Michael Dennis

Aug 23, 2021

The Full Employment Horizon in 20th-Century America

The Movement for Economic Democracy

Bloomsbury Publishing 2021

One of the unfulfilled goals of the American left during the 1930s was that of an economy in which every American would enjoy the opportunity for gainful employment. In The Full Employment Horizon in 20th-Century America: The Movement for Economic Democracy (Bloomsbury, 2021), Michael Dennis describes the origins of the movement, the efforts made to achieve it, and the factors that frustrated its realization. Dennis traces its beginnings to a progressive critique of industrial capitalism in the 1920s, which warned of the growing disparity between rising productivity and stagnant wages. During the Great Depression, groups from across the political left took up the cause of full employment, campaigning for legislation to ensure that jobs could be had by all. When President Franklin Roosevelt called in 1944 for a right to a job as part of his Economic Bill of Rights, it seemed as though full employment was close to realization, only for its prospects to be dashed in the late 1940s by opposition from business, Southern conservatives, and Republicans.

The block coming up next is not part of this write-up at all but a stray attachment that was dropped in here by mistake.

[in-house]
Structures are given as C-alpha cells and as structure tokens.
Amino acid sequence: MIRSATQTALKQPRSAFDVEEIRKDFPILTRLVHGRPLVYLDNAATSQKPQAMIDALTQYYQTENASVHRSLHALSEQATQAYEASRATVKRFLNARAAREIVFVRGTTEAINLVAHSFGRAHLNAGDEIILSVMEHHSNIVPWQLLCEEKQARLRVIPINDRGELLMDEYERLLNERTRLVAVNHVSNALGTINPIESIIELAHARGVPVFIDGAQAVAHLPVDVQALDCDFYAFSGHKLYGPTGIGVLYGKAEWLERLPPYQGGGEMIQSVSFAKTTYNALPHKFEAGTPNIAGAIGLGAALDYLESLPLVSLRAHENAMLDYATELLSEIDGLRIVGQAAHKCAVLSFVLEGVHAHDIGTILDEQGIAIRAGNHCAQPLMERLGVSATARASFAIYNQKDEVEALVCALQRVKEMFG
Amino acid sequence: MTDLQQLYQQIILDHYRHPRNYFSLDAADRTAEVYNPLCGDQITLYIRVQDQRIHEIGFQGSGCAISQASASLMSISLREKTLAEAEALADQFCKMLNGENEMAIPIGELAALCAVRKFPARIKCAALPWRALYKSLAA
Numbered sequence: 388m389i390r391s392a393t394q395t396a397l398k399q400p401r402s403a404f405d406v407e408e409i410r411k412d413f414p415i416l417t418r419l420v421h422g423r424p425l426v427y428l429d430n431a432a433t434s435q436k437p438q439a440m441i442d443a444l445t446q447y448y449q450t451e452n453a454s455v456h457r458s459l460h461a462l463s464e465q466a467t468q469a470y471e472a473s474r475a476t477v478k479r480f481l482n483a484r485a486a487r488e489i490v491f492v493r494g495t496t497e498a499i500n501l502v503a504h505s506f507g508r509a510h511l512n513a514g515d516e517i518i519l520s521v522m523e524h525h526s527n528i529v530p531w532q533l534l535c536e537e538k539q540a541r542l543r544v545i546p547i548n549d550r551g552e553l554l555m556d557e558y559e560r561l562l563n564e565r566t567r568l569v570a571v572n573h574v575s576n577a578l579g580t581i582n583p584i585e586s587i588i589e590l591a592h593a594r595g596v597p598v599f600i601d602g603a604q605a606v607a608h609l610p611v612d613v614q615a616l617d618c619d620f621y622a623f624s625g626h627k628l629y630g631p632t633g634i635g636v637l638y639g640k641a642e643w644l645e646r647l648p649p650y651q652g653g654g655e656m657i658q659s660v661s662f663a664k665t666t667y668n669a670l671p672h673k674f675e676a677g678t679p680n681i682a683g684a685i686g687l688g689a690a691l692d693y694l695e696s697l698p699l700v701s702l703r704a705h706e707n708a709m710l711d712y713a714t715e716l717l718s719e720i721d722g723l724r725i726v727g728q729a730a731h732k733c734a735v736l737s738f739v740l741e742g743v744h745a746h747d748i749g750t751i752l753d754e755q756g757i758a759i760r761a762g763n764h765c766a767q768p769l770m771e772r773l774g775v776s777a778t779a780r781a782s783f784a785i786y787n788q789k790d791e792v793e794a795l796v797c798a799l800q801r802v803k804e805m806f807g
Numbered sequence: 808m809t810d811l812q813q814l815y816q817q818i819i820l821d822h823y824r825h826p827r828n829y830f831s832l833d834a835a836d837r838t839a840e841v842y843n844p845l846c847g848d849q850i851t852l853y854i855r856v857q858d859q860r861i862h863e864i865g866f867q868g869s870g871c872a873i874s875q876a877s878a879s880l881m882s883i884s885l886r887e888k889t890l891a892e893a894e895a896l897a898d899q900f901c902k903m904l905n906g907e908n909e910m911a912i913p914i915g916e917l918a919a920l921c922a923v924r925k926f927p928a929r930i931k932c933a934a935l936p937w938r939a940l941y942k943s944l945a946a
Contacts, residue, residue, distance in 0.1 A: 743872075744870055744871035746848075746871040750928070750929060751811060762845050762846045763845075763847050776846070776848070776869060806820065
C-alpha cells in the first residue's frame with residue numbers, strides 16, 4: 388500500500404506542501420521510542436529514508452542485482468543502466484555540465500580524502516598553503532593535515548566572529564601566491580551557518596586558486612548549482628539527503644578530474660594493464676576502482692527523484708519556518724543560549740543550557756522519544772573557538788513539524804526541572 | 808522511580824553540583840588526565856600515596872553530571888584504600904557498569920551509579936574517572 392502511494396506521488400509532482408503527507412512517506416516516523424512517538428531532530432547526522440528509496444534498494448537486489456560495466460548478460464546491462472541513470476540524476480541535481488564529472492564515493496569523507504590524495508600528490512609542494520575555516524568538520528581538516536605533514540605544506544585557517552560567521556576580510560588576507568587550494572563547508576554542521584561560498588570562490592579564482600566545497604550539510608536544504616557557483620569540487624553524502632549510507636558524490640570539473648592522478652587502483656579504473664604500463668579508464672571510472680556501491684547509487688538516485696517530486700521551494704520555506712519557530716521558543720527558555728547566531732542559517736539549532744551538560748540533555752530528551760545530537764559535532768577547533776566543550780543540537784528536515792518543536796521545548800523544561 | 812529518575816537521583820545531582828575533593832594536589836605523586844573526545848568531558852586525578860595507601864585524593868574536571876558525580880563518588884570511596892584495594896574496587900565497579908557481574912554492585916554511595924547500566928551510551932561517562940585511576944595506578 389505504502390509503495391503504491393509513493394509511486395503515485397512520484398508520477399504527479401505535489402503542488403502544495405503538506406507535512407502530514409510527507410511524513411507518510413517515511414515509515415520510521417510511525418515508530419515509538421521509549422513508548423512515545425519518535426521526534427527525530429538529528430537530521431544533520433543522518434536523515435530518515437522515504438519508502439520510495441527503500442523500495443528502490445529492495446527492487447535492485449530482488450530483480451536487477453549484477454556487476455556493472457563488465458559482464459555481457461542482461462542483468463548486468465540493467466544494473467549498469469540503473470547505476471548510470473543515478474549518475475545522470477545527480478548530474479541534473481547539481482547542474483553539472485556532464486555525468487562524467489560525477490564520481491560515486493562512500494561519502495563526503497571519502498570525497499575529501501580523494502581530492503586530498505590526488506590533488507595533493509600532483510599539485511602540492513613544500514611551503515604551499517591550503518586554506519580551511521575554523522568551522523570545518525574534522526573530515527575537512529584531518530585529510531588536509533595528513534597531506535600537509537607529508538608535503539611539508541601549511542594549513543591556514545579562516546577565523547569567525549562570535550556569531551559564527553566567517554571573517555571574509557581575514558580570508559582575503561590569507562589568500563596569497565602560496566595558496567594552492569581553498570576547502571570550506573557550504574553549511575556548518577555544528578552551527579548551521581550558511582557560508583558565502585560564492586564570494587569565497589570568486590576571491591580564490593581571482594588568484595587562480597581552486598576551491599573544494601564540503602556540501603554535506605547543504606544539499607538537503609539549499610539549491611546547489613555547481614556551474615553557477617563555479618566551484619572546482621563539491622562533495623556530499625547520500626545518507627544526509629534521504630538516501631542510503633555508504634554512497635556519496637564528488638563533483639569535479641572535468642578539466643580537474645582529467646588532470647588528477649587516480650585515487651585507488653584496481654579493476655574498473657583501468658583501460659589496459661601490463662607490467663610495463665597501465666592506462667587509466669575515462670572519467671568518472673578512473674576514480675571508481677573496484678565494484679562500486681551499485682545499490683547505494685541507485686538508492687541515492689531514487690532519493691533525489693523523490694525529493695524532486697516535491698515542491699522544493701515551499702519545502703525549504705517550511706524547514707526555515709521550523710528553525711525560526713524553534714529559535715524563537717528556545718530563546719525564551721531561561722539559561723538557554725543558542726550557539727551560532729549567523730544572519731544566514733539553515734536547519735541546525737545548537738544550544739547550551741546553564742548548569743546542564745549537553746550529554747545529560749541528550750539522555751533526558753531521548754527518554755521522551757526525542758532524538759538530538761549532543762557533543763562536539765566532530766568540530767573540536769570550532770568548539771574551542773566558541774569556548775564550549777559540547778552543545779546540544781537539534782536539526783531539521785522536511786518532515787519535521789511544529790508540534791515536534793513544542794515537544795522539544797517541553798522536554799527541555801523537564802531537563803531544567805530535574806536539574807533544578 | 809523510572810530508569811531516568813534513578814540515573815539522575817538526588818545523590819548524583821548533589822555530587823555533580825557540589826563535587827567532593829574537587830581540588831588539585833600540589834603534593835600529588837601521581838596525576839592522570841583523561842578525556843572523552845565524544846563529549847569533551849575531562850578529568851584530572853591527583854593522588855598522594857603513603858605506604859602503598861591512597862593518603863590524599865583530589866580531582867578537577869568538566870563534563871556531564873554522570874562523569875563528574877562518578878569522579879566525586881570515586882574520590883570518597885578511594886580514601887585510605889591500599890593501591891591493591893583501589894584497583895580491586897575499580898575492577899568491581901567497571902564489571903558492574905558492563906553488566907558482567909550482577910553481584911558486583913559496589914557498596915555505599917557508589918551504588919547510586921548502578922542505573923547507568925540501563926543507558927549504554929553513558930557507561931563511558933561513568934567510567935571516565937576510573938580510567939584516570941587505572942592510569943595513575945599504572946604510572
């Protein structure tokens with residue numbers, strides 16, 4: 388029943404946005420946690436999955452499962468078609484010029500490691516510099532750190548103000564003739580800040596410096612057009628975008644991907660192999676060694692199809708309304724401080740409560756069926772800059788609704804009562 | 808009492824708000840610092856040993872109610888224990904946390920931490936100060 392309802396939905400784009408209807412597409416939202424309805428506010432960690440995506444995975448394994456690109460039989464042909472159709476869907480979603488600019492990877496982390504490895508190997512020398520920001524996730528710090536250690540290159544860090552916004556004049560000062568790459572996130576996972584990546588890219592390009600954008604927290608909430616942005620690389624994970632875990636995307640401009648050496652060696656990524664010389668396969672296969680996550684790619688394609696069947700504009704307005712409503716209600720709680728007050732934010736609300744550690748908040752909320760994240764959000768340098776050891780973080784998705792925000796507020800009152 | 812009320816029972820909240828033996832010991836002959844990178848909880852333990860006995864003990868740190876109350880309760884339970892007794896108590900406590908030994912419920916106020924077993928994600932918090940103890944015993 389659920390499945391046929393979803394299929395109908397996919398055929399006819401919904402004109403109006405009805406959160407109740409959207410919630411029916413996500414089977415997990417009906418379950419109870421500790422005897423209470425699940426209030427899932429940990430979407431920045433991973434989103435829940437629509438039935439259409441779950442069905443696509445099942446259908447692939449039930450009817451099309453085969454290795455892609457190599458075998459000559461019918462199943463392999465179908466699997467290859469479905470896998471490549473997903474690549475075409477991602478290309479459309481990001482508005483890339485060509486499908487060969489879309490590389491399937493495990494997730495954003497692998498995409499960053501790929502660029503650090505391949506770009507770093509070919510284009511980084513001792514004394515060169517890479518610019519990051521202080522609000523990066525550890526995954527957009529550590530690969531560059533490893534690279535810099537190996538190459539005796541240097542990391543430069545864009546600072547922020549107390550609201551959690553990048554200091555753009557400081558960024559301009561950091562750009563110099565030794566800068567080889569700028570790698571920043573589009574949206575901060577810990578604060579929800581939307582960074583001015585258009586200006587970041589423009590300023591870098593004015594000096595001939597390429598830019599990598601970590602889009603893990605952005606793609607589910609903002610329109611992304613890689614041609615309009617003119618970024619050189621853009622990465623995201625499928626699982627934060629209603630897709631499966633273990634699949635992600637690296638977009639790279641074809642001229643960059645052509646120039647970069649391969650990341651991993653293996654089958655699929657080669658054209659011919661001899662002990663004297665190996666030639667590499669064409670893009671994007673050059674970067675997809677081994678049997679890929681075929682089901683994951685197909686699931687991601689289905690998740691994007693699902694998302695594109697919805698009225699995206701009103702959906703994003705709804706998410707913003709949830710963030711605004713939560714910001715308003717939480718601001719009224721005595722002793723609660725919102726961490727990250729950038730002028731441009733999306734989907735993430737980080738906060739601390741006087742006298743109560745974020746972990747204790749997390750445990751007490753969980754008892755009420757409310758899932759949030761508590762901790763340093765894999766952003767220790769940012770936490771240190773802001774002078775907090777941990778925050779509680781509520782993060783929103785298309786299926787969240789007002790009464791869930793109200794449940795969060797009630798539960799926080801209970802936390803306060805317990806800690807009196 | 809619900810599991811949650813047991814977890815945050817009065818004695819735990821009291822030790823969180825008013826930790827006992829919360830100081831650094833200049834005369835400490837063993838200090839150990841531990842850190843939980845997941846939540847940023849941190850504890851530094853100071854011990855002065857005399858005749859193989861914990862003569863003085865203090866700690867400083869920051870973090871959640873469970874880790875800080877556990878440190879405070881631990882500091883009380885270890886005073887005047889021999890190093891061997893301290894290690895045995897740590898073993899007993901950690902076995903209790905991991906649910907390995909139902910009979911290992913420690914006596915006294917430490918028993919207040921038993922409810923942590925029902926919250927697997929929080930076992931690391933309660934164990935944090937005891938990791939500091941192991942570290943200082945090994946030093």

Moribund in the immediate post-World War II era, the full employment movement gained new life in the 1960s as civil rights activists adopted it as part of their cause. By the 1970s, their hopes took form with the Humphrey-Hawkins bill, which was advocated as a solution to gender segregation and racial exclusion. As Dennis details, though, its ambitious ideas of participatory democracy were opposed by not just the traditional opponents of the full employment movement but mainstream organized labor as well. Without the grassroots efforts that had characterized it during the 1930s the movement lacked the social foundation to push back against this, resulting in the passage of a bill lacking the means of turning its ambitious aspirations into reality. While the full employment cause suffered in the neoliberal age that followed, Dennis notes how the idea persisted into the 21st century, when it was revitalized in the aftermath of the 2008 recession as a response to the economic challenges facing the country.

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